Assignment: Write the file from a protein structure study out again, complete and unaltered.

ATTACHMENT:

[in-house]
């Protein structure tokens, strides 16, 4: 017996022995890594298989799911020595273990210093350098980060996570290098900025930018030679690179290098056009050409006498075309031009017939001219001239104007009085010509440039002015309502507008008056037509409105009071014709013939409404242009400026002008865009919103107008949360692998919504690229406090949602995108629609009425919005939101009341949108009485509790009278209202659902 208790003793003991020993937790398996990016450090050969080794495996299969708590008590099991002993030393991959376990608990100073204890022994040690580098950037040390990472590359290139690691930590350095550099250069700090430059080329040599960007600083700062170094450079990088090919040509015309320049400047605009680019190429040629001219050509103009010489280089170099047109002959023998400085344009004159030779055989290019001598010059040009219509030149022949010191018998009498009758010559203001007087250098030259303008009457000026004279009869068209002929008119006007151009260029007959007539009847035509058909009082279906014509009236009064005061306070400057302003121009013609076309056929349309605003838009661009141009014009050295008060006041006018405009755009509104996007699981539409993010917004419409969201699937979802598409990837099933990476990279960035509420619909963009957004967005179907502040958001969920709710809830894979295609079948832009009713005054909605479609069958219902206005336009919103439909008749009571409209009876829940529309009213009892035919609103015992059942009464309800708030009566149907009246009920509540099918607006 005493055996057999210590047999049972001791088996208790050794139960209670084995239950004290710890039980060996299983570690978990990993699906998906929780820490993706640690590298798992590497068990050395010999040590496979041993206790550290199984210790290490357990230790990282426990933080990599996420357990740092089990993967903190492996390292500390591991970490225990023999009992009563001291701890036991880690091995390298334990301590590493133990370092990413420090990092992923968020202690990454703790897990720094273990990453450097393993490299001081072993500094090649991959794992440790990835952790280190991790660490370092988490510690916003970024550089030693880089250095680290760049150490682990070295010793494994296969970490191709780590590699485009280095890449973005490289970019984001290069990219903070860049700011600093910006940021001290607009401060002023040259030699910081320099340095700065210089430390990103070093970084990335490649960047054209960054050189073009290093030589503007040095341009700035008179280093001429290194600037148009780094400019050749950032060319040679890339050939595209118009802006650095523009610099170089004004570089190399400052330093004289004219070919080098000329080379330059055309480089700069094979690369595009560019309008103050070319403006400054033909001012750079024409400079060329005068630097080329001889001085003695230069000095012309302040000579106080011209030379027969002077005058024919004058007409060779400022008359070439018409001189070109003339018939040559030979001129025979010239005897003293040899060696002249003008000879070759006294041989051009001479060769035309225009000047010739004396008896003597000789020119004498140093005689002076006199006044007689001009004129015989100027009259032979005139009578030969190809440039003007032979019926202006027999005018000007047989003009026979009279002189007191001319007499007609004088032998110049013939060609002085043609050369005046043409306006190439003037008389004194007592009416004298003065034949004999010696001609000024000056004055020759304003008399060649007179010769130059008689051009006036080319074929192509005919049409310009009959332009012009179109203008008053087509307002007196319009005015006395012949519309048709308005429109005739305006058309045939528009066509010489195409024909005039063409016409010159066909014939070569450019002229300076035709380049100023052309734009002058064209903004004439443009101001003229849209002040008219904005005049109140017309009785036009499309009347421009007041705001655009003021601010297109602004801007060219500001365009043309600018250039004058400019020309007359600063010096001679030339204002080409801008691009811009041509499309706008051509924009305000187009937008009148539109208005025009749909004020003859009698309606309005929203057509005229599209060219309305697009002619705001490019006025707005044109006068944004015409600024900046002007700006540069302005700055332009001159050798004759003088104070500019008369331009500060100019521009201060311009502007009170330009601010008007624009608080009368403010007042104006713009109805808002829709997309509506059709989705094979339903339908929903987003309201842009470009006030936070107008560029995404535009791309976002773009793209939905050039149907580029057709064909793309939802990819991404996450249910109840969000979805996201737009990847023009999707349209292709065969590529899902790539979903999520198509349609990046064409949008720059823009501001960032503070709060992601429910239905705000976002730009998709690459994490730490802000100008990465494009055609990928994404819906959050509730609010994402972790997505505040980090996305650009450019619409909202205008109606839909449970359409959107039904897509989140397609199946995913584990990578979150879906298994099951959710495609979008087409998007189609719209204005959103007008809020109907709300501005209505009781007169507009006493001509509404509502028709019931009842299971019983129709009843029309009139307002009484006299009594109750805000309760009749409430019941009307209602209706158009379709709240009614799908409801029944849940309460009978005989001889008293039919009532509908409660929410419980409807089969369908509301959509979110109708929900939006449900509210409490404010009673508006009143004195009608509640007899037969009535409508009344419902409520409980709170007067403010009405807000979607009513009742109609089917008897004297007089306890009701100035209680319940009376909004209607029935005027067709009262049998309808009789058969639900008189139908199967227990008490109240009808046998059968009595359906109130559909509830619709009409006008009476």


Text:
[in-house]
């Protein structure tokens, strides 16, 4: 017996022995890594298989799911020595273990210093350098980060996570290098900025930018030679690179290098056009050409006498075309031009017939001219001239104007009085010509440039002015309502507008008056037509409105009071014709013939409404242009400026002008865009919103107008949360692998919504690229406090949602995108629609009425919005939101009341949108009485509790009278209202659902 208790003793003991020993937790398996990016450090050969080794495996299969708590008590099991002993030393991959376990608990100073204890022994040690580098950037040390990472590359290139690691930590350095550099250069700090430059080329040599960007600083700062170094450079990088090919040509015309320049400047605009680019190429040629001219050509103009010489280089170099047109002959023998400085344009004159030779055989290019001598010059040009219509030149022949010191018998009498009758010559203001007087250098030259303008009457000026004279009869068209002929008119006007151009260029007959007539009847035509058909009082279906014509009236009064005061306070400057302003121009013609076309056929349309605003838009661009141009014009050295008060006041006018405009755009509104996007699981539409993010917004419409969201699937979802598409990837099933990476990279960035509420619909963009957004967005179907502040958001969920709710809830894979295609079948832009009713005054909605479609069958219902206005336009919103439909008749009571409209009876829940529309009213009892035919609103015992059942009464309800708030009566149907009246009920509540099918607006 005493055996057999210590047999049972001791088996208790050794139960209670084995239950004290710890039980060996299983570690978990990993699906998906929780820490993706640690590298798992590497068990050395010999040590496979041993206790550290199984210790290490357990230790990282426990933080990599996420357990740092089990993967903190492996390292500390591991970490225990023999009992009563001291701890036991880690091995390298334990301590590493133990370092990413420090990092992923968020202690990454703790897990720094273990990453450097393993490299001081072993500094090649991959794992440790990835952790280190991790660490370092988490510690916003970024550089030693880089250095680290760049150490682990070295010793494994296969970490191709780590590699485009280095890449973005490289970019984001290069990219903070860049700011600093910006940021001290607009401060002023040259030699910081320099340095700065210089430390990103070093970084990335490649960047054209960054050189073009290093030589503007040095341009700035008179280093001429290194600037148009780094400019050749950032060319040679890339050939595209118009802006650095523009610099170089004004570089190399400052330093004289004219070919080098000329080379330059055309480089700069094979690369595009560019309008103050070319403006400054033909001012750079024409400079060329005068630097080329001889001085003695230069000095012309302040000579106080011209030379027969002077005058024919004058007409060779400022008359070439018409001189070109003339018939040559030979001129025979010239005897003293040899060696002249003008000879070759006294041989051009001479060769035309225009000047010739004396008896003597000789020119004498140093005689002076006199006044007689001009004129015989100027009259032979005139009578030969190809440039003007032979019926202006027999005018000007047989003009026979009279002189007191001319007499007609004088032998110049013939060609002085043609050369005046043409306006190439003037008389004194007592009416004298003065034949004999010696001609000024000056004055020759304003008399060649007179010769130059008689051009006036080319074929192509005919049409310009009959332009012009179109203008008053087509307002007196319009005015006395012949519309048709308005429109005739305006058309045939528009066509010489195409024909005039063409016409010159066909014939070569450019002229300076035709380049100023052309734009002058064209903004004439443009101001003229849209002040008219904005005049109140017309009785036009499309009347421009007041705001655009003021601010297109602004801007060219500001365009043309600018250039004058400019020309007359600063010096001679030339204002080409801008691009811009041509499309706008051509924009305000187009937008009148539109208005025009749909004020003859009698309606309005929203057509005229599209060219309305697009002619705001490019006025707005044109006068944004015409600024900046002007700006540069302005700055332009001159050798004759003088104070500019008369331009500060100019521009201060311009502007009170330009601010008007624009608080009368403010007042104006713009109805808002829709997309509506059709989705094979339903339908929903987003309201842009470009006030936070107008560029995404535009791309976002773009793209939905050039149907580029057709064909793309939802990819991404996450249910109840969000979805996201737009990847023009999707349209292709065969590529899902790539979903999520198509349609990046064409949008720059823009501001960032503070709060992601429910239905705000976002730009998709690459994490730490802000100008990465494009055609990928994404819906959050509730609010994402972790997505505040980090996305650009450019619409909202205008109606839909449970359409959107039904897509989140397609199946995913584990990578979150879906298994099951959710495609979008087409998007189609719209204005959103007008809020109907709300501005209505009781007169507009006493001509509404509502028709019931009842299971019983129709009843029309009139307002009484006299009594109750805000309760009749409430019941009307209602209706158009379709709240009614799908409801029944849940309460009978005989001889008293039919009532509908409660929410419980409807089969369908509301959509979110109708929900939006449900509210409490404010009673508006009143004195009608509640007899037969009535409508009344419902409520409980709170007067403010009405807000979607009513009742109609089917008897004297007089306890009701100035209680319940009376909004209607029935005027067709009262049998309808009789058969639900008189139908199967227990008490109240009808046998059968009595359906109130559909509830619709009409006008009476």